Star Cast: Shahid Kapoor, Mrunal Thakur, Pankaj Kapur, Ronit Kamra, Geetika Mehandru
Director: Gowtam Tinnanuri
What’s Good: It’s finally in the theatres & no more postponing a good film! (And Shahid Kapoor is also good, of course)
What’s Bad: Games could’ve been sketched better
Loo Break: If you can control for the whole 170 minutes, you need a real break to visit a urologist
Watch or Not?: It doesn’t matter if you’ve watched Nani’s version, it’s a great story retold in a different way
Available On: Theatrical Release
Runtime: 170 Minutes
We’re introduced to an Arjun Talwar (Shahid Kapoor), who’s unemployed, a middle-aged father whose love for cricket is clearly visible because even his kid has the same dream and following that he asks his father for gifting him a jersey. While Arjun struggles to fulfil such a trivial wish of his son, Mrs Talwar, Vidya (Mrunal Thakur) wants him to get his old job back, but Arjun wants to step back into the field of his long-lost dreams.
Once he decides to start the second innings of his life, he’s asked to choose between two impossible options by Vidya. What would Arjun choose and if he goes with cricket, will Vidya would still support him? Through the fragments of an unfulfilled promise, a father decides to restart his life and what happens next is what Jersey is all about.
Jersey Movie Review: Script Analysis
Using the already tried and tested formula (also by a Shahid Kapoor film), Jersey retains the original director of its predecessor in the Telugu version. Just like Sandeep Reddy Vanga in Kabir Singh, Jersey’s OG director Gowtam Tinnanuri steers the ship of the Hindi version as well. This is how a movie/subject should be adapted, by asking the same mastermind to do the trick once again but with different material. Thankfully, I jumped into this sea full of surprises without watching Nani’s version, and that helped to delve into Arjun’s chaotic life establishing a better connection.
Yes, it uses all the classic tropes of sports films like rising through family struggles, and predictable last-ball deciding matches but the narrative doesn’t solely rely just on these ideas. You have a lot to cover apart from cricket matches and family drama, like father-son’s unbeatable bond, a couple’s rocky relationship and an inside journey of a man who could’ve been (or could be by the end).
Gowtam Tinnanuri’s impeccable character-building lets him paint Arjun so well, that he speaks loudest when he has nothing to say. When the world is moving towards the short-content-consumption era, it’s always a delight to see a film clock 170 minutes keeping the intrigue alive for a major chunk of the total duration. A story that sketches a character’s journey from start to finish, that inculcates even a glimmer of hope in many distressed lives.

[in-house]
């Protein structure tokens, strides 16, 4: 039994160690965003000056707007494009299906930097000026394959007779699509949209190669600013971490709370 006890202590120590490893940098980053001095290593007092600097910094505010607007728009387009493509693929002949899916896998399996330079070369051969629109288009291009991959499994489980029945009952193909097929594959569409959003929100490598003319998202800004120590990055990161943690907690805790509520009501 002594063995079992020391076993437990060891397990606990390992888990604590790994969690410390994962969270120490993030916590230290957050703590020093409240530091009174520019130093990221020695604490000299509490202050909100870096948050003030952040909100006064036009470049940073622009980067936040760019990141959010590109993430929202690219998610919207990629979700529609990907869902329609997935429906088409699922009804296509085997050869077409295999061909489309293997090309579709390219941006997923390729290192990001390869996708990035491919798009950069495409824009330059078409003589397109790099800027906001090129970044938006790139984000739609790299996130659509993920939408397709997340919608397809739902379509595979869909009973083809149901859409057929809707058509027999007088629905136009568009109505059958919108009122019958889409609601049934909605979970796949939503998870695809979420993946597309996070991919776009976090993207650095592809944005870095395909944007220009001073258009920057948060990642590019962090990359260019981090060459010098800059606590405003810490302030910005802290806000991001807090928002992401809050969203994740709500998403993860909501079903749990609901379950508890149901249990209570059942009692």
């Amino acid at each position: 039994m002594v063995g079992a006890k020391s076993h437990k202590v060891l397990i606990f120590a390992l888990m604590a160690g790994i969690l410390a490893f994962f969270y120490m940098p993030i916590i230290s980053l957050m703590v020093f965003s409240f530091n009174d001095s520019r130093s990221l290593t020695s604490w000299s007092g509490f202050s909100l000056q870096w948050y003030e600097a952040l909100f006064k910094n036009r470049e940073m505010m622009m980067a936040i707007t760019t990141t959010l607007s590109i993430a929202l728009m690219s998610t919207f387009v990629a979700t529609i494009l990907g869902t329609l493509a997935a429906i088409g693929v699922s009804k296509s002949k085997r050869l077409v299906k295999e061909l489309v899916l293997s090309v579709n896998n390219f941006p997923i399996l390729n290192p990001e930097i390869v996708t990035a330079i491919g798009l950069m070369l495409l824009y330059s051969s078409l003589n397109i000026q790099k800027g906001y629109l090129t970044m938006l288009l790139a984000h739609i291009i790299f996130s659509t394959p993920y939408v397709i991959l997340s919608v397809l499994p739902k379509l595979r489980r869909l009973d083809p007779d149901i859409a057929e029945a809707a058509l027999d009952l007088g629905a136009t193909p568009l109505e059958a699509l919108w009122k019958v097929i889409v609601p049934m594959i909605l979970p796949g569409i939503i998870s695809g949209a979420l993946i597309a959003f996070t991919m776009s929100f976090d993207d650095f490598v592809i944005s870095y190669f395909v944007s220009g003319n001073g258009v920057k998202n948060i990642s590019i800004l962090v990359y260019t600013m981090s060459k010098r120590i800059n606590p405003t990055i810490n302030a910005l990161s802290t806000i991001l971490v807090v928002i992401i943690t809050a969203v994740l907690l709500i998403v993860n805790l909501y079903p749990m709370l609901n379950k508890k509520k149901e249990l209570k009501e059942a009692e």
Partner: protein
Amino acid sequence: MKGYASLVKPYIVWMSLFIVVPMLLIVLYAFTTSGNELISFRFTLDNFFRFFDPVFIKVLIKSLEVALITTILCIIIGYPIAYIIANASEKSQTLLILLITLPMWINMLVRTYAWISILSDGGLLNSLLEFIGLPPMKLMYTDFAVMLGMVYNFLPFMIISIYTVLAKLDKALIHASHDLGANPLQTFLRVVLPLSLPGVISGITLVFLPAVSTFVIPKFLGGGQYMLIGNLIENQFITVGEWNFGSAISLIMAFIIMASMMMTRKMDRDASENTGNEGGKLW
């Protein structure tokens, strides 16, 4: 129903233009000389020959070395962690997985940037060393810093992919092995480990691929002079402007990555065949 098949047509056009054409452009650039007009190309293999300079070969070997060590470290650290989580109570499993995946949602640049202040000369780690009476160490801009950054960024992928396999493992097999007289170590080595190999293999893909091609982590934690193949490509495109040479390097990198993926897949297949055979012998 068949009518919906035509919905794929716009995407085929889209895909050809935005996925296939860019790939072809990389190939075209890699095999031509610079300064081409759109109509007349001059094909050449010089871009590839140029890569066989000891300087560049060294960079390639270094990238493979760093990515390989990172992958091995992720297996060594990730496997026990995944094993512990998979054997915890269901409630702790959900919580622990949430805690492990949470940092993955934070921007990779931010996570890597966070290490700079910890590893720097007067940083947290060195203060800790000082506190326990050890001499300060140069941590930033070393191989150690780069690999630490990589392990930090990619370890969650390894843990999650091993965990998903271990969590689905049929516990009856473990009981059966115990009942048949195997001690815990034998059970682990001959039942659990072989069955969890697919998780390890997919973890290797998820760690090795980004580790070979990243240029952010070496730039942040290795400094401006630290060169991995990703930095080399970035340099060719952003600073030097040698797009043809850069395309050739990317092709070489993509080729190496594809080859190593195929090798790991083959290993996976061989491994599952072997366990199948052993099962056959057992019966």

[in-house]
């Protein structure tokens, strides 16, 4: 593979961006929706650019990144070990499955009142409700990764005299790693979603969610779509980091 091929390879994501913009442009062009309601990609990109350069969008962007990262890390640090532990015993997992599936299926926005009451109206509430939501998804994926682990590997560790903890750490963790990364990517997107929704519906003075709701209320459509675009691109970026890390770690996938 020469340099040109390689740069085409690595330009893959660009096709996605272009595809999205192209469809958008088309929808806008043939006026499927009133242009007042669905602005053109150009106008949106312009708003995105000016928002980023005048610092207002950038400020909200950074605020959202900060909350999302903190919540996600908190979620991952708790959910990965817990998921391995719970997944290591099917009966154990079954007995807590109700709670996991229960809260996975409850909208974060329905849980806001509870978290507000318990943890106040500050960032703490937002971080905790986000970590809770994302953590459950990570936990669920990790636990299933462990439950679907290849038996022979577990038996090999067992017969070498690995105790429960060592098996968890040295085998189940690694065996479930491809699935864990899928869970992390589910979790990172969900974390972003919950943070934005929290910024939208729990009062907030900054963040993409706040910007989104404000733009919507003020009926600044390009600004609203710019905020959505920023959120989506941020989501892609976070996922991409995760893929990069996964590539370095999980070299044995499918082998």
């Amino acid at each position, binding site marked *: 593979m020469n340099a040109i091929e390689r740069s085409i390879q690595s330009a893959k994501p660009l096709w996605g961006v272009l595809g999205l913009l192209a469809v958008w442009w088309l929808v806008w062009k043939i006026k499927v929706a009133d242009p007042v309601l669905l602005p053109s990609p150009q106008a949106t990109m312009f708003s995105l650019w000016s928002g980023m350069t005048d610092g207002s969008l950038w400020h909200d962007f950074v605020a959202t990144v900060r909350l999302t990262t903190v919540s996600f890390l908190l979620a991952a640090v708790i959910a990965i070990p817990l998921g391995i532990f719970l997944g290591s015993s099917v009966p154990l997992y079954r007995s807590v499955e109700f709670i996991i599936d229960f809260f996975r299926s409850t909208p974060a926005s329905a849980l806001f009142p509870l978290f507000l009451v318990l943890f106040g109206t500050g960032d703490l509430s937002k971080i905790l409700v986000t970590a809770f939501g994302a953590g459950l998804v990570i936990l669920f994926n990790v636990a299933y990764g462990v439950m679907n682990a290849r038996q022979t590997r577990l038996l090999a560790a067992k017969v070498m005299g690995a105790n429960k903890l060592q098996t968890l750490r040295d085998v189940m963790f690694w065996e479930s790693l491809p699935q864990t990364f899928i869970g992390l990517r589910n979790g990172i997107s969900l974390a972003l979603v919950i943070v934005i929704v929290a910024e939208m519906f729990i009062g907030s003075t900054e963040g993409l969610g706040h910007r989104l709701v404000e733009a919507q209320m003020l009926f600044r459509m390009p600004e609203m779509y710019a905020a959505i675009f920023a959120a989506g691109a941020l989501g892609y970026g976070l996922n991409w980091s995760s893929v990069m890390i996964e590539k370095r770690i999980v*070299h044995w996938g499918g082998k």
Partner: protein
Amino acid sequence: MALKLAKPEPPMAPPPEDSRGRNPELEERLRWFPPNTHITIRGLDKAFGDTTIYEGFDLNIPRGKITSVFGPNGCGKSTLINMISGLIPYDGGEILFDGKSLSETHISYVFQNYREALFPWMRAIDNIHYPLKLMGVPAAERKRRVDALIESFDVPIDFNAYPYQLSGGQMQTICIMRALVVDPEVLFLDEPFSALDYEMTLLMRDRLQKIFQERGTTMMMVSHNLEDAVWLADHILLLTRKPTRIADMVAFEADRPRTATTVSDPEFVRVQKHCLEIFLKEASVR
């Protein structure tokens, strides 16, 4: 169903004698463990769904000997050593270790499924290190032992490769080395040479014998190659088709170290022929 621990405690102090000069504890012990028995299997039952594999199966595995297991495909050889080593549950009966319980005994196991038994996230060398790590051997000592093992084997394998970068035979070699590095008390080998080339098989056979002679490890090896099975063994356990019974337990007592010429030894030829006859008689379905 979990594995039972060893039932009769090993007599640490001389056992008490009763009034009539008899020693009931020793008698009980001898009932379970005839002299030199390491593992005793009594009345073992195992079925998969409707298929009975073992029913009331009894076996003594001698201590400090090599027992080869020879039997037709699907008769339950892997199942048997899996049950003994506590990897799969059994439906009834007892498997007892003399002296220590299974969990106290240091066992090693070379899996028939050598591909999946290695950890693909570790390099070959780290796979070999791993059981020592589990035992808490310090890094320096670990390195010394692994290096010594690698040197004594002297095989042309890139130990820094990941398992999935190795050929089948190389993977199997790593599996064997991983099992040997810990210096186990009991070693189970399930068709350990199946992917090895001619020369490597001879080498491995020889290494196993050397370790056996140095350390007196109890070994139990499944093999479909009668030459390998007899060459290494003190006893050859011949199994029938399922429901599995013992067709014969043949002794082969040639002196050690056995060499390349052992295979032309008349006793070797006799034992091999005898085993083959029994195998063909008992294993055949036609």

Anil Mehta brings his usual best in the scenes apart from the sports sequences because those are treated very game-like with some close-up shots. The pause-and-pan camera technique used in a couple of cricketing shots works deliciously in the favour of the makers. In another brilliant move, makers also retain the same editor Naveen Nooli to perfectly know what should stay and what should be edited out.
Jersey Movie Review: Star Performance
Even when Shahid Kapoor isn’t playing your guy-next-door, chocolatey hero kinda characters for quite some time now, the image does come out just when it’s required. Like here, even though Arjun is an all-serious person but to make him charming, Shahid just smiles and does a peculiar thing to his face to change the mood in the same sequence. Shahid not only gets the father aspect of Arjun right, but he nails the cricketer’s side as well. He plays a lot with his expressions, achieving every mood with perfect ease.
Thank to the holy heaven, Mrunal Thakur’s Vidya isn’t another flowerpot character to fill in the void of having a leading lady. Vidya does impact a lot of what Arjun does in the film, and Mrunal with a stunning conviction shows the dark side of struggle as well. While Arjun is struggling, Vidya showcases how hard the struggle is for the entire family. There’s a scene in which she smiles as she cries, and I couldn’t hold back the single tear sliding down through the edge of my eyes.
Pankaj Kapur plays a father-figure coach to Shahid Kapoor’s Arjun and the script smartly uses their real-life bond to add a comfortable depth on-screen. Pankaj Ji in his all elements also turns into a comical relief at times proving why he’s really an ‘all-rounder’ of this game. Ronit Kamra as Shahid’s son shoulders not one but multiple scenes on his very subtle reactions. Without crossing any line, Ronit creates this nuanced aura around him mastering every scene he’s in.
Jersey Movie Review: Direction, Music
Amid the debate of Bollywood VS South, people like Gowtam Tinnanuri are the ones who show why it doesn’t need to be a clash? When you can mix up emotions from stories of certain fabric, and mash them with similar elements broadening the target audience of a similar story. It’s crazy to know how some tweaks to the same story can expand its reach by serving a wider group of people. Gowtam packs an emotional entourage around one person, showing how the changes in his life affected everyone around him.
From what I can recall, this is Anirudh’s first ‘Bollywood’ film to compose the score for, and he continues to wave his magical wand for this one as well. The thumpy, not ‘noise’ to your ears background score adds real impact to many scenes. Sachet–Parampara’s songs are exceptionally placed, but the compositions could’ve been way better.
Jersey Movie Review: The Last Word
All said and done, Shahid Kapoor continues to add some interesting innings in the second phase of his life, and Jersey is surely one of them. A rare and almost-perfect blend of drama, (predicable-yet-interesting) game & everything else.
Three and a half stars!